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Literature / Ada, or Ardor

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Ada, or Ardor: a Family Chronicle is a 1969 novel by Vladimir Nabokov, taking the form of the longnote  memoirs of a psychiatrist around 1967 looking back at his 97 years of life. Rather than his career or philosophical thinking, however, the bulk of it concerns his over 80-year-long love affair with his "cousin" (actually sister), Ada from the title.

Ada contains examples of:

  • Aloof Darkhaired Girl: Ada
  • Alternate History: Most of the world is under Anglo-American dominion, with the notable exception of Tartary, and electrical power is taboo, just for a start. The Golden Horde still rules, so it can be inferred that the point of divergence was in the 14th century, but this is unsure.
  • Annoying Younger Sibling: Lucette to Van and Ada.
  • Aristocrats Are Evil: The Veen family whose male members have a long history of sexually fixating on very young girls. They are also contemptuous of ordinary people to the point where they often feel physical disgust around them.
  • Band of Brothels: Villa Venus, a chain of exclusive brothels with a select aristocratic clientele.
  • Big Fancy House: Ardis, which subtly parodies the manors that are a stock feature of much nineteenth and eighteenth century literature.
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  • Brother–Sister Incest: The meat of the plot.
  • Bungled Suicide: Van tries to shoot himself after his father warns him to stop his romance with Ada. However, the gun fails to fire.
  • Chivalrous Pervert: Played with. Van Veen shows no chivalry towards sexually attractive women he considers low class, such as Blanche and the "fubsy pig-pink whorelet" who relieved him of his virginity. However he does shows some tenderness and gallantry towards women whose class matches his such as his half-sister Lucette and the child prostitutes at the Villa Venus which (in theory anyway) recruits from the aristocracy only.
    • His father Demon Veen despite his taste for young girls is very concerned for Ada when he finds out she and Van are commiting incest and tries to force Van to end the relationship.
  • Direct Line to the Author: The book purports to be the dictated memoirs of Ivan Veen (the main character), with assistance from Ada. There's also an appendix by "Vivian Darkbloom".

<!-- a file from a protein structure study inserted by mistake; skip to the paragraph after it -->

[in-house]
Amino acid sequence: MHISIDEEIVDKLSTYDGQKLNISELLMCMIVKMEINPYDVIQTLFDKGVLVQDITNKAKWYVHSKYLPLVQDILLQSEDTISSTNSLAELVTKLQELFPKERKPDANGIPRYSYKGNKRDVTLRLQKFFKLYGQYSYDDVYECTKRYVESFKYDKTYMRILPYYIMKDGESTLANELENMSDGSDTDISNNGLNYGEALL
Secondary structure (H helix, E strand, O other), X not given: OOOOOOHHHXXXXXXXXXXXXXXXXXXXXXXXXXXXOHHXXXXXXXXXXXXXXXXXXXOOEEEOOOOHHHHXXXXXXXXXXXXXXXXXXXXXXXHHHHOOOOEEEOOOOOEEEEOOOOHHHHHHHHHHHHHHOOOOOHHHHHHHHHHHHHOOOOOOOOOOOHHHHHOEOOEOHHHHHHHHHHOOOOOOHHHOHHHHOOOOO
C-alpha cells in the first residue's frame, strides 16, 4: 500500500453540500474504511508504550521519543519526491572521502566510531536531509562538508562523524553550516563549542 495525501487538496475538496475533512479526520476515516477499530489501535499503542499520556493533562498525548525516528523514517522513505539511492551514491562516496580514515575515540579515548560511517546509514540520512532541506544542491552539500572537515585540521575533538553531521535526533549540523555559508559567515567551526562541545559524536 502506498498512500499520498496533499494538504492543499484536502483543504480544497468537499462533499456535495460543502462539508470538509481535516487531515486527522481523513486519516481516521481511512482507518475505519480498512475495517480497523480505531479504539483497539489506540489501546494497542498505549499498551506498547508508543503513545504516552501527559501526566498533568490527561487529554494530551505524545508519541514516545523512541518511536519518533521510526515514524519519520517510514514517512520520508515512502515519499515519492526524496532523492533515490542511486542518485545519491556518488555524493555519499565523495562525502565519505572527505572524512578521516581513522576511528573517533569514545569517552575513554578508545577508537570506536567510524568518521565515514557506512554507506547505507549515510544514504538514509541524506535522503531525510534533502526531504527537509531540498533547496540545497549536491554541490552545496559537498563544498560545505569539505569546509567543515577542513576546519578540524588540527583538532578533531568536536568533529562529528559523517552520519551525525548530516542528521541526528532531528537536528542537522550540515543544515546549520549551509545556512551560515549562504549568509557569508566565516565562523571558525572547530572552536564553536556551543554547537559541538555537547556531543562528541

• Gratuitous Foreign Language: There's quite a bit of Russian and French interpolated, including a two paragraph letter entirely in French. Vivian Darkbloom's appendix provides translations for all of this, though it's usually understandable enough from context.
  • I Didn't Mean to Turn You On: Van to Lucette, with tragic results.
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  • In Spite of a Nail: Despite some apparently rather large changes in 15th-century European geopolitics, the United States seems to be pretty much the same, or at least the continental 48 states. There are still Spanish and Native American place names, and all the mentioned states and cities seem to be the same.
  • Interrupted Intimacy: Lucette as a child frequently and deliberately interrupts Van and Ada's lovemaking.
  • Kinky Spanking: Ada suggests Van that he should spank Lucette when she is being particularly annoying. Lucette is very disappointed when Van refuses to.
  • Kissing Cousins: In theory.
  • My Girl Is Not a Slut: Van is hurt and bothered by Ada's affairs, whereas he sees no problem with his own. Of course, in all fairness, she had many more, hers were continuous whereas his were on-and-off and she blatantly lied about them.
  • Nerds Are Sexy: Ada as a young girl is obsessed with entomology and botany, and virtually every man in her vicinity wants to bed her.
  • Nice to the Waiter: Averted, especially with Van who treats the hired help as subhuman.
  • One Steve Limit: Two characters are named "Walter D. Veen", so they're distinguished by their middle names.
  • Outgrown Such Silly Superstitions: Religion exists, but it's much less popular and treated far more disdainfully than in reality. Marina, admittedly not very smart, is even unaware that Judaism predates Christianity.
  • Parental Incest: Mention is made of a man who impregnates his 5-year-old granddaughter (while asleep, supposedly). Five years later, he impregnates the resulting girl, again supposedly while asleep.
  • Redhead In Green: Lucette seldom wears any other color.
  • Russia Is Western: Most of the world is ruled by a Russo-Anglo-American dominion (North America is settled extensively by Russians, and Russian is one of its languages, along with English and French). They are fighting the Golden Horde in this world's version of the Cold War.
  • Spoiled Brat: Van, very frequently.
  • Shout-Out: The nonfiction work The Ambidextrous Universe by Martin Gardner quoted John Shade; Nabokov returned the favor by having Van mention John Shade being quoted by the "invented philosopher" Gardiner [sic] in that book.
  • Steampunk: Very minor case, but blimps are more prominent, there are clockwork horseless carriages, and telecommunication is done through "hydrophones" (later corrupted to "dorophones").
  • Suicide Pact: Van and Ada at the end of the book. Probably (it's kind of ambiguous).
  • Tangled Family Tree: Walter D. Veen marries Aqua Durmanov, his second cousin, while his cousin, also named Walter D. Veen, marries Aqua's twin sister, Marina. A chart is included with the book.
  • Teen Genius: Ada and Van are both very precocious; the latter gets a master's degree at 19.
  • Three-Way Sex
  • The Unfavorite: Lucette to Van
  • Upper-Class Twit: Pampered, arrogant and fastidious Van Veen.
  • Well, Excuse Me, Princess!: Van and Ada find each other annoying at first. Van's feelings start to change when he slips while climbing a tree, and his face lands on Ada's crotch.